World Evangelical Alliance

Last updated
World Evangelical Alliance
Classification Protestant
Orientation Evangelical
Leader Bishop Efraim Tendero, Secretary General
Associations129 evangelical alliances
RegionWorldwide
Headquarters New York
Origin1846
Members600 million
Official website worldea.org

The World Evangelical Alliance (WEA) is a global organization of evangelical Christian churches, serving more than 600 million evangelicals, founded in 1846 at Freemason Hall in London, England, United Kingdom to unite evangelicals worldwide. WEA is the largest international organization of evangelical churches, and has offices in Bonn, Colombo, Geneva, Illinois, Manila and New York. It brings together 7 regional and 135 evangelical alliances of churches, and over 150 member organizations. Some of the national alliances include Protestant churches which are not traditional Evangelical churches in the strict sense (anabaptism, [1] networks & church denominations). Moreover, the WEA includes a certain percentage of individual evangelical Christian churches. It is open for membership of individual evangelical Christians [2] (as compared to the World Council of Churches (WCC), where individual membership is not possible). The Evangelical Alliance [3] of the United Kingdom, its founding member, is part of WEA.

Contents

Purpose

Its mission is to establish and strengthen regional and national Evangelical Alliances, who in turn enable their national Church to advance the Good News of Jesus Christ and effect personal and community transformation for the glory of God.

Statement of faith

We believe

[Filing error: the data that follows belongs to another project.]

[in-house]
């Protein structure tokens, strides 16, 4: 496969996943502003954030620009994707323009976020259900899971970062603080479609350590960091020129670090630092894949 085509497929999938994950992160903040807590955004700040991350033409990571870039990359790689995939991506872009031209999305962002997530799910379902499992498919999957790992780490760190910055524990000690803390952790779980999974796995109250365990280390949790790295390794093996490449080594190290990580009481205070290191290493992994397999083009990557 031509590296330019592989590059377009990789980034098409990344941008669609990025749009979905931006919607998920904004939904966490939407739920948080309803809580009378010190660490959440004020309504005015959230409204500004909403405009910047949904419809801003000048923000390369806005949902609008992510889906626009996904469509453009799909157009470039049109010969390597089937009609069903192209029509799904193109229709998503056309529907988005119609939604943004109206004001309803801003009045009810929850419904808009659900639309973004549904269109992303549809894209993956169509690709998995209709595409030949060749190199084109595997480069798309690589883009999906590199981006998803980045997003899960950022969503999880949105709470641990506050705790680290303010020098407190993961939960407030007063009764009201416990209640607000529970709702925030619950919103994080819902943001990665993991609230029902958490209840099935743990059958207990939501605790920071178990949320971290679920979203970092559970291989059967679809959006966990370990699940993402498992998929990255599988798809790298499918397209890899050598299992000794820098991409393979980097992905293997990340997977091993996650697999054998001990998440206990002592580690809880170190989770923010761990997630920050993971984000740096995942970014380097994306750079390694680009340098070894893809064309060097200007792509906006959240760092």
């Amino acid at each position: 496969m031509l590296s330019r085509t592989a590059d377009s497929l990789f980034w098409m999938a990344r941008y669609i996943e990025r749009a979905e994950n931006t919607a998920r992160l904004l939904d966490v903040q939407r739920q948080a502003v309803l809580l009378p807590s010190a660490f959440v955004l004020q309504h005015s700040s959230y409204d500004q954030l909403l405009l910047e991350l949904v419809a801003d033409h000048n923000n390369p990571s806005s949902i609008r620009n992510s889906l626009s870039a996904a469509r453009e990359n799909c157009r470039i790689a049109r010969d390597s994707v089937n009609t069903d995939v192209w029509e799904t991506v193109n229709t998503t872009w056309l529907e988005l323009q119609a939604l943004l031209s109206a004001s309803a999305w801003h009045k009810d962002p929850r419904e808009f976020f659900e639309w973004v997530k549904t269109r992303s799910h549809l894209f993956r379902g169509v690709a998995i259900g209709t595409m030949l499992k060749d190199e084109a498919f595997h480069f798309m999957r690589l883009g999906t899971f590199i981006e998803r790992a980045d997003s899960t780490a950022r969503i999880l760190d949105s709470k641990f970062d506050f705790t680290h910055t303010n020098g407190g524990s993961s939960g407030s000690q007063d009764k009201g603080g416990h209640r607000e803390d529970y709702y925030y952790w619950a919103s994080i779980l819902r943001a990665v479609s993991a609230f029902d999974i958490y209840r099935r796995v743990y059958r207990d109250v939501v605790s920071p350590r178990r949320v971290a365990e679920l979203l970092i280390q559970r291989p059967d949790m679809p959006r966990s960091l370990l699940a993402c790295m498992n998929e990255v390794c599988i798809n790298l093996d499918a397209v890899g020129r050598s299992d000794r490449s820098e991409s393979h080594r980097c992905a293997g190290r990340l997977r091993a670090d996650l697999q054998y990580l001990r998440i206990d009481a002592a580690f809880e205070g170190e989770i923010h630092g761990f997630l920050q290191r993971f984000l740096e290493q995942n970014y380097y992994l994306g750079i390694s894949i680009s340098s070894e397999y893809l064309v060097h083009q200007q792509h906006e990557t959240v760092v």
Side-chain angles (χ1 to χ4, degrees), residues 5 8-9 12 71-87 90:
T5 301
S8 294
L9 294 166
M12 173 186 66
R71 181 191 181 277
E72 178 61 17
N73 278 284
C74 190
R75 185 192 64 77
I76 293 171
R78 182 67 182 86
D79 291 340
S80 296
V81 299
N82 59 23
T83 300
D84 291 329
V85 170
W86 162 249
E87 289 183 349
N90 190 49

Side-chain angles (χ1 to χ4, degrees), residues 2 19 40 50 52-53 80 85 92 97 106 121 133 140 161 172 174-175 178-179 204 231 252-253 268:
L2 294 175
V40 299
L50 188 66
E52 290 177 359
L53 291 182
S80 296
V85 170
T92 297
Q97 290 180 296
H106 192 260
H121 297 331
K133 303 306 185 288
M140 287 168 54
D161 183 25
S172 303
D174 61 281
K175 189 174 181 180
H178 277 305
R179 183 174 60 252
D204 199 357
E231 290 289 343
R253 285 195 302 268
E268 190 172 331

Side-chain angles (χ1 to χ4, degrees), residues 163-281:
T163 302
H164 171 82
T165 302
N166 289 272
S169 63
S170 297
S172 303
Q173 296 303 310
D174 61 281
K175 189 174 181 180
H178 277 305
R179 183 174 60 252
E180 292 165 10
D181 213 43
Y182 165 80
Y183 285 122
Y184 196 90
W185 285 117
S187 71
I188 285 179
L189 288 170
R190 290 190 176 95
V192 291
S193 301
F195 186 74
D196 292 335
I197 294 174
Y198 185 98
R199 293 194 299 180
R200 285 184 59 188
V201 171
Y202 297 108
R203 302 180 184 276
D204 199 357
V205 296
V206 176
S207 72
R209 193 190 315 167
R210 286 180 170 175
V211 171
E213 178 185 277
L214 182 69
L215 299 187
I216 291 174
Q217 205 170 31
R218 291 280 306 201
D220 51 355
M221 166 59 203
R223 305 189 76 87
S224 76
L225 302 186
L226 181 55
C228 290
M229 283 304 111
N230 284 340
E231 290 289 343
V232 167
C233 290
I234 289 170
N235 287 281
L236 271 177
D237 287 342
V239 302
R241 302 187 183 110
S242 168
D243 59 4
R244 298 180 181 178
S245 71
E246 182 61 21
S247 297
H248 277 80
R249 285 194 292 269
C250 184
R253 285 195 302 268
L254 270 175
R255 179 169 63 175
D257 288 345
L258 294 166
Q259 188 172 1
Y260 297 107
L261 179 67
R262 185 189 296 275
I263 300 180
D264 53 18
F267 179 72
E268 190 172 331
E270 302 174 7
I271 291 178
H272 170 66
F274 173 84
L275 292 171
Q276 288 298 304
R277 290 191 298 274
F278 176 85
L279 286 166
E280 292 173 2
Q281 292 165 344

History

The organization has its origins in the Evangelical Alliance, a British organization founded in 1846. [5] In 1951, the World Evangelical Fellowship was founded by 21 countries at the first general assembly in Woudschoten (Zeist) in the Netherlands. [6] [7] In 2001, after the General Assembly in Kuala Lumpur, WEF became the World Evangelical Alliance. [8] As of 2005, the WEA was experiencing a collegiate management under the leadership of its Canadian leader, Geoff Tunnicliffe. Offices were opened in Vancouver, Canada (Leadership), San Francisco (Information Technology), Washington (Publications), and Geneva (International Relations). As of 2010, the central office is in New York, United States [9]

Leadership

The WEA is headed by a Secretary-General whose function is to administer and represent the Alliance. Efraim Tendero, born in Philippines, is the Secretary-General since March 1, 2015. [10] [11]

List of former leaders

This list contains the former leaders of the WEA since 1951. [12]

Commissions

In 1974, the WEA creates 6 commissions to better achieve its mandates. [15] [16]

Function: Reflect on issues of evangelical theology, and the important issues concerning the churches and society in the world. [17]

Function: Coordinate activities of evangelism and Christian humanitarian ism. [18] [19]

Function: Monitor religious freedom in the world and participate in the defense of persecuted Christians. In the United Nations, the Commission shall field observation reports. [20]

Function: Identify and address the special needs of women. The commission works with advocacy organizations women's rights. [21]

Function: Equipping children for their development and protect their rights. [22]

Function: Sharing knowledge on Information technology and promote the quality of Christian websites. [23]

Membership

The World Evangelical Alliance embraces member-bodies whose identity and vocation are rooted in historic biblical Christianity. WEA affirms and seeks the biblical unity of Christ's body, the Church, celebrating the diversity of practices and theological emphases consistent with the WEA Statement of Faith, [24] recognizing the existing dynamic tension between unity and diversity.